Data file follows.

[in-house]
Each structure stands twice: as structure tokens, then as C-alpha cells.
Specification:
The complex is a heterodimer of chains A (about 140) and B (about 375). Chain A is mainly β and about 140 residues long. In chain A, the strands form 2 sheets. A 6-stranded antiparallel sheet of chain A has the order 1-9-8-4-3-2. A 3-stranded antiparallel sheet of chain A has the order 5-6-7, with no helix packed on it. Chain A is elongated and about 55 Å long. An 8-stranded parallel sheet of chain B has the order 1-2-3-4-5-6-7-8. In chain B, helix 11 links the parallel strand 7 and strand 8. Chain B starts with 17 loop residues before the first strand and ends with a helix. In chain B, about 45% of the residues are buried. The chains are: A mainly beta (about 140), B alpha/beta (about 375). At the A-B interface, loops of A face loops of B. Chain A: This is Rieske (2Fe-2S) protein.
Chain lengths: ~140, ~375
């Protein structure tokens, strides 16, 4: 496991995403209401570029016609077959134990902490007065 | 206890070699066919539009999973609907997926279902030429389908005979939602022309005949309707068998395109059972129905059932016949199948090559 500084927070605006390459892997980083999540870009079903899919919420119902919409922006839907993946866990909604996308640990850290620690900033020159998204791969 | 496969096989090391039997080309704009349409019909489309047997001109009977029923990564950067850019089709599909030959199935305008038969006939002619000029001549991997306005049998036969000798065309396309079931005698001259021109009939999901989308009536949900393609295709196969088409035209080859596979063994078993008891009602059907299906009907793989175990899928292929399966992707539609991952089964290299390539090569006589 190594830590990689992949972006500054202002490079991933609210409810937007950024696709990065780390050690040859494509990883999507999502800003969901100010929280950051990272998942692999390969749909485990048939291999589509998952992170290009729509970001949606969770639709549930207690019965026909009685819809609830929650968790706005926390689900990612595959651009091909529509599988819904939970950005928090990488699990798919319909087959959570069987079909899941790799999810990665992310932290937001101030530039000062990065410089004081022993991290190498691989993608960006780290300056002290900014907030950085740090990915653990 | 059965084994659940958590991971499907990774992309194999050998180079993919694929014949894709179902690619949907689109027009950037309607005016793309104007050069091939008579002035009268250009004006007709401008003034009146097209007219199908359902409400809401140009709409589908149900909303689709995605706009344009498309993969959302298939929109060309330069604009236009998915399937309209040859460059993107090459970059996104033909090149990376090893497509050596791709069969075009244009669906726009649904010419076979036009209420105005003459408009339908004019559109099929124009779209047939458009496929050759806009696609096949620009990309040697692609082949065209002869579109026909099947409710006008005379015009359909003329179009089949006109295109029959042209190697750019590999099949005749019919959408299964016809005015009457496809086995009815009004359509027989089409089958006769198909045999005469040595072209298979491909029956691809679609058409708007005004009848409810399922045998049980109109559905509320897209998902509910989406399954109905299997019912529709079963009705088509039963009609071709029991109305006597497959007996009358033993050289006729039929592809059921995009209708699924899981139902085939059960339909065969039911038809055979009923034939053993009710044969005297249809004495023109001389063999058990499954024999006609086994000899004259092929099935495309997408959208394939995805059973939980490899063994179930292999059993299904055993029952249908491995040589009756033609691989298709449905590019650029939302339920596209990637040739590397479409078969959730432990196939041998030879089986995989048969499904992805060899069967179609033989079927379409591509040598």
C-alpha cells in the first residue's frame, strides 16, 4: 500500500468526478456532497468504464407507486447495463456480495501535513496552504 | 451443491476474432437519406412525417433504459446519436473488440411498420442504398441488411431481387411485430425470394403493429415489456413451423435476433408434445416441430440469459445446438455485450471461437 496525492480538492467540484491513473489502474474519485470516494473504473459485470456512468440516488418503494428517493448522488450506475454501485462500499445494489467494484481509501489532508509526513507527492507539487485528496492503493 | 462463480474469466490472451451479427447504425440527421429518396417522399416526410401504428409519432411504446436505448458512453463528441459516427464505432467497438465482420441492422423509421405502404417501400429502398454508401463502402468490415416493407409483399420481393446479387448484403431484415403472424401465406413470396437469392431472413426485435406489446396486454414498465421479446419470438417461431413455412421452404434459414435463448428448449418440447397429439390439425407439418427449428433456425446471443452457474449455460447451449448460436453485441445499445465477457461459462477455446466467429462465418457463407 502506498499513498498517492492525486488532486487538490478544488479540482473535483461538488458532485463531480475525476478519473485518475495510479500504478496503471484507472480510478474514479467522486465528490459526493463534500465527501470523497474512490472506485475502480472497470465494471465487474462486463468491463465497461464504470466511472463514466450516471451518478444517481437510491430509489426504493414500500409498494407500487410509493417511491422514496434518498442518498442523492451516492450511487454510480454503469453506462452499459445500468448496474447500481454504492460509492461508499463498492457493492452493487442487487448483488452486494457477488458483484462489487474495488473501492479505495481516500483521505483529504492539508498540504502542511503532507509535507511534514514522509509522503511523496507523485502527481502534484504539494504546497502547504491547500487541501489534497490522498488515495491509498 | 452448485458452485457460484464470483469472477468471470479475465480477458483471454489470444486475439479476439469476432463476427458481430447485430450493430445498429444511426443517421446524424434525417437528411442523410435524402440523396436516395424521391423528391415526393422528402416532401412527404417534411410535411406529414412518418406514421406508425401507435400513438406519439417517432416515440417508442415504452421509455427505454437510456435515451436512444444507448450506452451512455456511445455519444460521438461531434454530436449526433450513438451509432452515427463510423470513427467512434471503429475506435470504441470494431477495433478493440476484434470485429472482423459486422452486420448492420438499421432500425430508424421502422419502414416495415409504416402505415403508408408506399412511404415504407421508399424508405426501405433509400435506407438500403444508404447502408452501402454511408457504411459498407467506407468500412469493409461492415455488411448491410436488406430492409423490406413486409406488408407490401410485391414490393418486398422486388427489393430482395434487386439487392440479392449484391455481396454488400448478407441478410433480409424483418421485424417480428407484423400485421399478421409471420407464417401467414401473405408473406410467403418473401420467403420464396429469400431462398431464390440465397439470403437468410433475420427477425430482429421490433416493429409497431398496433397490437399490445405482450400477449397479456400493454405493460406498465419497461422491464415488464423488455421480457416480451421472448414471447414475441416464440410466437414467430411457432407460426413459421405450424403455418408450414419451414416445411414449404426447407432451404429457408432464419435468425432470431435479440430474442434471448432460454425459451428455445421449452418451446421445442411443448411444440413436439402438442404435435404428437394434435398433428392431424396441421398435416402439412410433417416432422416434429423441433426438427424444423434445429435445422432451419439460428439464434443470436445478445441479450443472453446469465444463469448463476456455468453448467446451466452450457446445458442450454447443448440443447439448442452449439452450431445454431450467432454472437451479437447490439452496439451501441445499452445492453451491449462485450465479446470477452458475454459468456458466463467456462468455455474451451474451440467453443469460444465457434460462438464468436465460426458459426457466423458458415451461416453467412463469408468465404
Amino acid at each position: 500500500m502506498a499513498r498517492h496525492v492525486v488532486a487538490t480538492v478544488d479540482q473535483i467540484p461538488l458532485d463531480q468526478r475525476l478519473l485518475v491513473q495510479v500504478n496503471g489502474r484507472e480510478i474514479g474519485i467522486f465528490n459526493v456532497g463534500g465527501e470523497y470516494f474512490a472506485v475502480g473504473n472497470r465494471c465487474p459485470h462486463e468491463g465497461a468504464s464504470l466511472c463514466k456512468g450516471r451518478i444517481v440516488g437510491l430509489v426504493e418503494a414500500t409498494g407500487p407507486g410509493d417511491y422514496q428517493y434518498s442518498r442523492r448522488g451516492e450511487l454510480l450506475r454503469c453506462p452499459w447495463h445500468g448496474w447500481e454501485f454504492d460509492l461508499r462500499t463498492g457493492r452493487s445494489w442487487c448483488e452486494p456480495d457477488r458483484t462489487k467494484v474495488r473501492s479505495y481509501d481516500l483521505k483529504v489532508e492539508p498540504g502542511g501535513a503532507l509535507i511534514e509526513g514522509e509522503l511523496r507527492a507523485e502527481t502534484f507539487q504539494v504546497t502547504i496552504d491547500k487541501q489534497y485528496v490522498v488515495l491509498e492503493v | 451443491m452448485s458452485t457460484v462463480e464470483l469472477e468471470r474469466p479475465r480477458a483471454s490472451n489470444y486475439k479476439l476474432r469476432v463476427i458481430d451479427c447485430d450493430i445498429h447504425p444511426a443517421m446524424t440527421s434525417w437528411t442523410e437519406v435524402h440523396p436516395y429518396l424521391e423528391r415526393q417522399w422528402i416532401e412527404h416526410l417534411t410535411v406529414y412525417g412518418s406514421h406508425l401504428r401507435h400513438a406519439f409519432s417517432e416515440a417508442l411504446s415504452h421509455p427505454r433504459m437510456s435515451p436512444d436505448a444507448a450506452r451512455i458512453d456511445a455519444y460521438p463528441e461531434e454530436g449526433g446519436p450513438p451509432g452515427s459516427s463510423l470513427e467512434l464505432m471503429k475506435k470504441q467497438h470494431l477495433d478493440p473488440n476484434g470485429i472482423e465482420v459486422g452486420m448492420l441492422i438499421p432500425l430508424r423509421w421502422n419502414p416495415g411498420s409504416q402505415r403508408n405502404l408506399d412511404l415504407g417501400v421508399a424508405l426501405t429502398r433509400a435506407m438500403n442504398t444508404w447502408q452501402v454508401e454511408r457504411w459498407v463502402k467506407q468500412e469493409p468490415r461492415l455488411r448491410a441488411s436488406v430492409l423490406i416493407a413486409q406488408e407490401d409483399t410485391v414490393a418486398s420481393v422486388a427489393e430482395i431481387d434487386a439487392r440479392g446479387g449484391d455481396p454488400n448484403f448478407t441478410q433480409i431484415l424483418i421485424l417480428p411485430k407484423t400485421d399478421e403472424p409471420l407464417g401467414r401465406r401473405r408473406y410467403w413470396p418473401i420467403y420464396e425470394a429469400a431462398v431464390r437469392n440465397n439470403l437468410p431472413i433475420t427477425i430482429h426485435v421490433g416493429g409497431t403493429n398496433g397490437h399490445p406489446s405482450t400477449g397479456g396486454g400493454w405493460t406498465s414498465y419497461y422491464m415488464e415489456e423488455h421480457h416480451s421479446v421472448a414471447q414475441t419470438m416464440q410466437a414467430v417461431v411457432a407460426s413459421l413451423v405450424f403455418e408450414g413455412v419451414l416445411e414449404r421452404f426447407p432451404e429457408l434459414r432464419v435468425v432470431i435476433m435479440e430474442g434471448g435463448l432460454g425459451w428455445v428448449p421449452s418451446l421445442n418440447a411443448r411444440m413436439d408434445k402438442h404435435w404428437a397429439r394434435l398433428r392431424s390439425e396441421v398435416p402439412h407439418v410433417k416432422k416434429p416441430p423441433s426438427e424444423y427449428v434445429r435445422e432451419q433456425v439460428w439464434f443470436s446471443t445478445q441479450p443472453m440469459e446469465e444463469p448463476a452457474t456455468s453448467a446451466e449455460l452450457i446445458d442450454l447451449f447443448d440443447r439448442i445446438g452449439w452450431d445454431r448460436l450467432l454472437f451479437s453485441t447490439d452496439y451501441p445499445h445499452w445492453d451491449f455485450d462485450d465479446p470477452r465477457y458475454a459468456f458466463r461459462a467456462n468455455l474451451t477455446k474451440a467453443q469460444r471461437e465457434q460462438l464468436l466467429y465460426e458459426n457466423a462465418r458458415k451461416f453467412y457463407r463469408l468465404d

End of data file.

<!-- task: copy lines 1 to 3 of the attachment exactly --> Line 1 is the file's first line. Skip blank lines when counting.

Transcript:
[in-house]
Each structure stands twice: as structure tokens, then as C-alpha cells.
Specification: